Here's the thing when it comes to refiners, though. It is a notoriously cyclical industry. While we can expect to see earnings suffer while crude prices rise, those gains will likely flatten out as the oil market digests things like OPEC's production cuts and cheaper production costs for U.S. based shale. As they do, Valero's earnings will return to normal and investors will likely realize this is a company that rather consistently generates double digit returns on equity and has a good -- although not perfect -- record of paying an ever growing dividend.
At an enterprise value to EBITDA ratio of 6.0 times, shares of Valero look pretty attractive. It should be noted that the company's stock never trades at a high EV/EBITDA multiple in the first place, but couple that price with a dividend yield of 3.6% and it looks like a pretty compelling dividend stock.
A tale of two appetites for risk
T. Rowe Price is a bit of a dichotomy. The company's founder, T. Rowe Price himself, generated his reputation as a great money manager by investing in lots of smaller companies with what he viewed as having "fertile fields of growth." That tradition of getting in on the ground floor continues today as the company has a substantial venture funding segment of the business that invests in early seed rounds. The thing is that this kind of investing requires a pretty big appetite for risk. For every Facebook or AirBnb (two companies in which T. Rowe Price was an early round seed investor) there are dozens of flops and busts that you have to be willing to take on to bag those unicorns.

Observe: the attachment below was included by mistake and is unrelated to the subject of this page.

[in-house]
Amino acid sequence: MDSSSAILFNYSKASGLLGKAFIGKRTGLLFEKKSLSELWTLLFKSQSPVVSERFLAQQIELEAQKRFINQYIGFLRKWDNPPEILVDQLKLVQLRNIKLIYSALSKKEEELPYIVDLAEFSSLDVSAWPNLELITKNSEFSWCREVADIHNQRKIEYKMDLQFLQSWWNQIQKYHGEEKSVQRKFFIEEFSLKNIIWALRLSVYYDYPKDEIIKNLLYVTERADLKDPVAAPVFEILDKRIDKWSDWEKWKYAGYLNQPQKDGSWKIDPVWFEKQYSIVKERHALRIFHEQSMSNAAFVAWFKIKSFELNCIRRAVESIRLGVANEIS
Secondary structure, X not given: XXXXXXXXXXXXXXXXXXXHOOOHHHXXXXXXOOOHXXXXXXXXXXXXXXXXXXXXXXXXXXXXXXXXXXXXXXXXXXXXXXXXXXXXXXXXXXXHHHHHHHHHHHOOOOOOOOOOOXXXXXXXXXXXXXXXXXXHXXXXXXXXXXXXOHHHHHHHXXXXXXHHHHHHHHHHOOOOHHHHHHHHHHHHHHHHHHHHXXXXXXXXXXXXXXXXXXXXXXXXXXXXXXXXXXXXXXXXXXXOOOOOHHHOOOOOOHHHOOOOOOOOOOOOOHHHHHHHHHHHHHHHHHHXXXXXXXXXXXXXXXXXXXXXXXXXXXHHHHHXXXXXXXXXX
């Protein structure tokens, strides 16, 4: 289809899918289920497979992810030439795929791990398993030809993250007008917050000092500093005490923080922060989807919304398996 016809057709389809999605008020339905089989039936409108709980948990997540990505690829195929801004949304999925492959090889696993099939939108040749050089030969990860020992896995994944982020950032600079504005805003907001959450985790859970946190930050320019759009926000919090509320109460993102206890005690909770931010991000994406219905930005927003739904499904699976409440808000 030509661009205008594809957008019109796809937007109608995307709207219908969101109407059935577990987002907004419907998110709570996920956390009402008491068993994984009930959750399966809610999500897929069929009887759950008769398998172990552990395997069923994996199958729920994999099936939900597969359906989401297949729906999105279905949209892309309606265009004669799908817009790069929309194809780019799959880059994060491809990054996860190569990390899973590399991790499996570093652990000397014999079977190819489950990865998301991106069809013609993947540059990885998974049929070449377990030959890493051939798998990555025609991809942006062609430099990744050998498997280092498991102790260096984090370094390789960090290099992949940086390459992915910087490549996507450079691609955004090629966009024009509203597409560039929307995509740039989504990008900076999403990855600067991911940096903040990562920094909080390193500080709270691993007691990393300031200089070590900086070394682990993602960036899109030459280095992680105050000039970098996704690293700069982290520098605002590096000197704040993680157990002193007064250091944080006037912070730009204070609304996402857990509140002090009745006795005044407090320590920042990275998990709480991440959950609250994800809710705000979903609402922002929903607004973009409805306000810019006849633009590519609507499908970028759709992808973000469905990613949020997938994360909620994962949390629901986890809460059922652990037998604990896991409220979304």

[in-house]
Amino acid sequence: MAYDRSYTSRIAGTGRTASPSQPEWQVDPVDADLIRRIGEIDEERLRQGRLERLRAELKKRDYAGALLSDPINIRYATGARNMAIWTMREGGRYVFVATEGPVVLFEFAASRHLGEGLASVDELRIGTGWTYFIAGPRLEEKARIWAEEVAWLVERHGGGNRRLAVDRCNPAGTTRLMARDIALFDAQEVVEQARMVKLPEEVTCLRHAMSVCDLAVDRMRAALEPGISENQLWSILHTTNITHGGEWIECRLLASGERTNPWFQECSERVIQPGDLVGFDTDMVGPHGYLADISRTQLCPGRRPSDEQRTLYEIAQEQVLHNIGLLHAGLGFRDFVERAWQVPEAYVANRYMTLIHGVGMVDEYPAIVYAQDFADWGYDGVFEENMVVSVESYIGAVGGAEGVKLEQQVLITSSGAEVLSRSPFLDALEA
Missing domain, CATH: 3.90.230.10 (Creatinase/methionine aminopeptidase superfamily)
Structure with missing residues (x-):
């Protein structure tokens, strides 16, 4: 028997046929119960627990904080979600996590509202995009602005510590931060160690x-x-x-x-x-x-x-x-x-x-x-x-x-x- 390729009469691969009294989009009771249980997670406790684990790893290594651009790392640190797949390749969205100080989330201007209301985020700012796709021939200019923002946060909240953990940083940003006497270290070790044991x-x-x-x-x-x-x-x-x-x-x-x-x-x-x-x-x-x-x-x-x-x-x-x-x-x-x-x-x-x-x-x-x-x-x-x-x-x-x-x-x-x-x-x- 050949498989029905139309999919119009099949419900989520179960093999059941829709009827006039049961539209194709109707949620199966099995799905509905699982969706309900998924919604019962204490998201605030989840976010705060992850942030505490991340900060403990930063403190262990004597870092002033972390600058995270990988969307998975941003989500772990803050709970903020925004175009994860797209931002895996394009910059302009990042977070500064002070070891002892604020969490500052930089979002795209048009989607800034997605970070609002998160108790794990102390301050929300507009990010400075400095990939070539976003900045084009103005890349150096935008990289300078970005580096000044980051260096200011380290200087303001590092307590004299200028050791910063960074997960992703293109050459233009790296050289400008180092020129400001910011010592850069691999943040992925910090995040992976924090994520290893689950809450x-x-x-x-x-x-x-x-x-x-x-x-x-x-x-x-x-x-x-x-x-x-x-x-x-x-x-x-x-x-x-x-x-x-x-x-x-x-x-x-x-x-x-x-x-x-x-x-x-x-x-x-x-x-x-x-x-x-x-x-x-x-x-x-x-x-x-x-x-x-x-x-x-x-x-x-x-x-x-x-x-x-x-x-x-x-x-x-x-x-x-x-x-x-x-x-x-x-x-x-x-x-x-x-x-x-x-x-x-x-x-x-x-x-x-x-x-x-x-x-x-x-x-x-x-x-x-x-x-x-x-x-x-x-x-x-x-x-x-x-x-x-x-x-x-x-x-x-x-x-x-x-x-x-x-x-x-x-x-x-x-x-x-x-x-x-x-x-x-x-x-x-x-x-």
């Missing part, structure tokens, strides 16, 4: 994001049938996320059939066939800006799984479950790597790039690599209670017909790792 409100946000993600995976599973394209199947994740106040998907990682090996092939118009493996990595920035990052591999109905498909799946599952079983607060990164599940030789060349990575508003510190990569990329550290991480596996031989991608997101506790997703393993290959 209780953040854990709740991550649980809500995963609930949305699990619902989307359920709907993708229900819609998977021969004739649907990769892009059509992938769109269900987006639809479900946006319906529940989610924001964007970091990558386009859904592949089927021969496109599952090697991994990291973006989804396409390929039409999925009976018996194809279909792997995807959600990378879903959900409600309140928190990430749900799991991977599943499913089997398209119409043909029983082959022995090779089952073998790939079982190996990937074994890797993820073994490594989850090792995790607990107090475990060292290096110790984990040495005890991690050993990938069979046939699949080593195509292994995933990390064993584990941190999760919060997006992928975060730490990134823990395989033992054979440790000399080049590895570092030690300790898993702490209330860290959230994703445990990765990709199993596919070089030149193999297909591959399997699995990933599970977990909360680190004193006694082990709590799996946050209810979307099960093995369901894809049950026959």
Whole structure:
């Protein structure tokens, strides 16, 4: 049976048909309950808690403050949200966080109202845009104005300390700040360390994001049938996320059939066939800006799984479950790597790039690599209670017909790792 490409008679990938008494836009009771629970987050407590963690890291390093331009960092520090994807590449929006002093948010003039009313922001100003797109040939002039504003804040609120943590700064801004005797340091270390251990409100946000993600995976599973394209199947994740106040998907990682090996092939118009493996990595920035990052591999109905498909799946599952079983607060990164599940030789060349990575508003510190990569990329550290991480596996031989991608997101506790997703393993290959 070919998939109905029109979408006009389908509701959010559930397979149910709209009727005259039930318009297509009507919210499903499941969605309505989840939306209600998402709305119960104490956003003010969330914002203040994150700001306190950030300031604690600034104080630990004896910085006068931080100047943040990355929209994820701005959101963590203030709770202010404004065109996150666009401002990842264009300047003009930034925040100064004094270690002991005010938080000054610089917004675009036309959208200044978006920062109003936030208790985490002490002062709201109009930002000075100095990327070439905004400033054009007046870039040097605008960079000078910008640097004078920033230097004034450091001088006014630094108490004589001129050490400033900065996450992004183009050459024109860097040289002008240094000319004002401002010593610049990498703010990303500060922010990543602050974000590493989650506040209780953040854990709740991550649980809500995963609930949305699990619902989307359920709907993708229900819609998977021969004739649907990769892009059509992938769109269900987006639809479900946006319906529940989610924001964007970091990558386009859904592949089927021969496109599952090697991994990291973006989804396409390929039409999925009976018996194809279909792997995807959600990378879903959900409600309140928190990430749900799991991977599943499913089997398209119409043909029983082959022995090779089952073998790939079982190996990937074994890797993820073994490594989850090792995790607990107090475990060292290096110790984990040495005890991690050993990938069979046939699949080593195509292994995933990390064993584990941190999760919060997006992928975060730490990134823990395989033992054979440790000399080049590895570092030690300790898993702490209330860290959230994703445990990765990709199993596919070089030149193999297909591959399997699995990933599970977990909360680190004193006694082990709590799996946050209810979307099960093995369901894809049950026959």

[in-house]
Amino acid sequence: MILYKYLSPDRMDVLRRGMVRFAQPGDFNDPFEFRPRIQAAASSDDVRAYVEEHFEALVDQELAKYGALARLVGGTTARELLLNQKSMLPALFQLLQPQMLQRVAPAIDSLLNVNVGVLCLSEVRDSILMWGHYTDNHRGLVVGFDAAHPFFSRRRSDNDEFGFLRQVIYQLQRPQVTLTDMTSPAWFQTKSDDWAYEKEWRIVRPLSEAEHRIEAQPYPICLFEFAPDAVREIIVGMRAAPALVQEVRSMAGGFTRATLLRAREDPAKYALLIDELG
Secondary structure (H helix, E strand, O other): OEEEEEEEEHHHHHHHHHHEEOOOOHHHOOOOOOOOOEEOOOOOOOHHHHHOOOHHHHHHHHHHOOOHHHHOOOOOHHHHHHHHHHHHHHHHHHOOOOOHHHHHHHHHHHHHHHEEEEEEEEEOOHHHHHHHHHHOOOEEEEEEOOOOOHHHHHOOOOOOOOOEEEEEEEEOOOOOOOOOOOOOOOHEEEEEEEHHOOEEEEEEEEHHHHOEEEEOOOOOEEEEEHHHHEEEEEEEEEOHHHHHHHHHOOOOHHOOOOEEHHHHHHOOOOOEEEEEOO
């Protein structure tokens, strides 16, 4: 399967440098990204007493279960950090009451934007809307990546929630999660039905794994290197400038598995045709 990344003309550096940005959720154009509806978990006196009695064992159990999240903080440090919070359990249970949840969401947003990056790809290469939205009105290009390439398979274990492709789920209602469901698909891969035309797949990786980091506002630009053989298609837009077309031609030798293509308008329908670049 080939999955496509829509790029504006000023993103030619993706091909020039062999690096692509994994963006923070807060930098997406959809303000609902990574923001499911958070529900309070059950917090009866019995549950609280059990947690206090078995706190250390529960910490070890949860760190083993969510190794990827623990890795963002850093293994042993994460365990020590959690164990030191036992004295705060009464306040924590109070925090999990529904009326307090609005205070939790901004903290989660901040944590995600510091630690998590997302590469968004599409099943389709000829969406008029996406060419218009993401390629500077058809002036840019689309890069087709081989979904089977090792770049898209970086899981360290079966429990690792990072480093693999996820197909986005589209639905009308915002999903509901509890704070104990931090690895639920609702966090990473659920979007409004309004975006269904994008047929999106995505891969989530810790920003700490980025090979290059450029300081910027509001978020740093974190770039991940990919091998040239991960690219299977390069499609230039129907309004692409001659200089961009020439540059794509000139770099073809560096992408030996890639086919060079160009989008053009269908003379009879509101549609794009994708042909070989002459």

So it's rather peculiar that T.Rowe Price, with its massive appetite for risk, runs its own business in a rather risk averse manner. Unlike many other asset managers that use debt to juice returns, T. Rowe Price has a pristine balance sheet with no long term debt and 20% of its total assets are in cash and short term investments. I guess the best way to reconcile these seemingly opposite ideals is that by being very risk averse with the running of its own business, it allows it to take those riskier bets with its investments and not be put into financial strain if they don't pan out.
It also helps that T.Rowe Price doesn't need help from debt to juice its returns, because it already generates pretty strong returns on equity and enough cash flow to pay a rather handsome dividend -- with the occasional special dividend -- as well as buy back loads of its own stock.
By just about every traditional valuation metric, you can't really say that T.Rowe Price is a cheap stock. Its price to earnings ratio today stands at 17 times, which is pretty middle of the road. That being said, 17 times earnings gets you a company with a great history of employing T. Rowe Price's original investment philosophy for strong returns, maintaining strong financial discipline in house, and a propensity to reward shareholders. That is something worth paying a little extra for, and makes T. Rowe Price look like a relatively well priced stock.